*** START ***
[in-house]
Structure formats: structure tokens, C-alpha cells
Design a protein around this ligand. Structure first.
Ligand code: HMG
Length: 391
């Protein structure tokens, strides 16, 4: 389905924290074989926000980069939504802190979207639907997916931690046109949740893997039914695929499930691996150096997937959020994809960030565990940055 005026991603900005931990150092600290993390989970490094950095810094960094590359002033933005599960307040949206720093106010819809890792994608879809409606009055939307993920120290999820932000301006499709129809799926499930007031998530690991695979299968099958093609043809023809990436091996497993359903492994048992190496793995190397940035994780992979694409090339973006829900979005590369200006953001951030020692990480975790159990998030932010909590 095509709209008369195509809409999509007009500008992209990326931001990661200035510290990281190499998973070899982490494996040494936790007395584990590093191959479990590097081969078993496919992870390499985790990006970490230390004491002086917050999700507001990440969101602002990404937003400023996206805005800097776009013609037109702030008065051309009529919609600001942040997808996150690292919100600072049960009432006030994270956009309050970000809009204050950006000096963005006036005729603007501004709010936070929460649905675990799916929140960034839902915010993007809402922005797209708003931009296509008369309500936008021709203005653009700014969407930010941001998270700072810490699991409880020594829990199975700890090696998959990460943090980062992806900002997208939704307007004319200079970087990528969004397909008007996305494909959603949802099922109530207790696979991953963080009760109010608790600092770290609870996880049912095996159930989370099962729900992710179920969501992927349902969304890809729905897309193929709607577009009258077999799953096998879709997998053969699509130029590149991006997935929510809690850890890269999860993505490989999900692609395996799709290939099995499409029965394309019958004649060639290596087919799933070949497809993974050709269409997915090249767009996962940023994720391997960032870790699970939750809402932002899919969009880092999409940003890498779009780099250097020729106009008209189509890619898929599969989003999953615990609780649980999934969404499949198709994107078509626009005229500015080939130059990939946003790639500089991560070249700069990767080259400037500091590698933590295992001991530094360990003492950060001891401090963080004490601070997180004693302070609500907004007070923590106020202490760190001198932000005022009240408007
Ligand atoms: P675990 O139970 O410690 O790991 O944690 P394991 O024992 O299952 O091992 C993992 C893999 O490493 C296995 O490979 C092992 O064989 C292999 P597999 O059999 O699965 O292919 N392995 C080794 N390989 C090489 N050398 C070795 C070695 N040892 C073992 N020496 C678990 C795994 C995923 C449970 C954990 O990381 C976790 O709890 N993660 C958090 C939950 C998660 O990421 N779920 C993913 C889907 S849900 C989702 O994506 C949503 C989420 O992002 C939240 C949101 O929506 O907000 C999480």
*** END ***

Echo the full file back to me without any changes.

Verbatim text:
[in-house]
Structure formats: structure tokens, C-alpha cells
Design a protein around this ligand. Structure first.
Ligand code: HMG
Length: 391
């Protein structure tokens, strides 16, 4: 389905924290074989926000980069939504802190979207639907997916931690046109949740893997039914695929499930691996150096997937959020994809960030565990940055 005026991603900005931990150092600290993390989970490094950095810094960094590359002033933005599960307040949206720093106010819809890792994608879809409606009055939307993920120290999820932000301006499709129809799926499930007031998530690991695979299968099958093609043809023809990436091996497993359903492994048992190496793995190397940035994780992979694409090339973006829900979005590369200006953001951030020692990480975790159990998030932010909590 095509709209008369195509809409999509007009500008992209990326931001990661200035510290990281190499998973070899982490494996040494936790007395584990590093191959479990590097081969078993496919992870390499985790990006970490230390004491002086917050999700507001990440969101602002990404937003400023996206805005800097776009013609037109702030008065051309009529919609600001942040997808996150690292919100600072049960009432006030994270956009309050970000809009204050950006000096963005006036005729603007501004709010936070929460649905675990799916929140960034839902915010993007809402922005797209708003931009296509008369309500936008021709203005653009700014969407930010941001998270700072810490699991409880020594829990199975700890090696998959990460943090980062992806900002997208939704307007004319200079970087990528969004397909008007996305494909959603949802099922109530207790696979991953963080009760109010608790600092770290609870996880049912095996159930989370099962729900992710179920969501992927349902969304890809729905897309193929709607577009009258077999799953096998879709997998053969699509130029590149991006997935929510809690850890890269999860993505490989999900692609395996799709290939099995499409029965394309019958004649060639290596087919799933070949497809993974050709269409997915090249767009996962940023994720391997960032870790699970939750809402932002899919969009880092999409940003890498779009780099250097020729106009008209189509890619898929599969989003999953615990609780649980999934969404499949198709994107078509626009005229500015080939130059990939946003790639500089991560070249700069990767080259400037500091590698933590295992001991530094360990003492950060001891401090963080004490601070997180004693302070609500907004007070923590106020202490760190001198932000005022009240408007
Ligand atoms: P675990 O139970 O410690 O790991 O944690 P394991 O024992 O299952 O091992 C993992 C893999 O490493 C296995 O490979 C092992 O064989 C292999 P597999 O059999 O699965 O292919 N392995 C080794 N390989 C090489 N050398 C070795 C070695 N040892 C073992 N020496 C678990 C795994 C995923 C449970 C954990 O990381 C976790 O709890 N993660 C958090 C939950 C998660 O990421 N779920 C993913 C889907 S849900 C989702 O994506 C949503 C989420 O992002 C939240 C949101 O929506 O907000 C999480």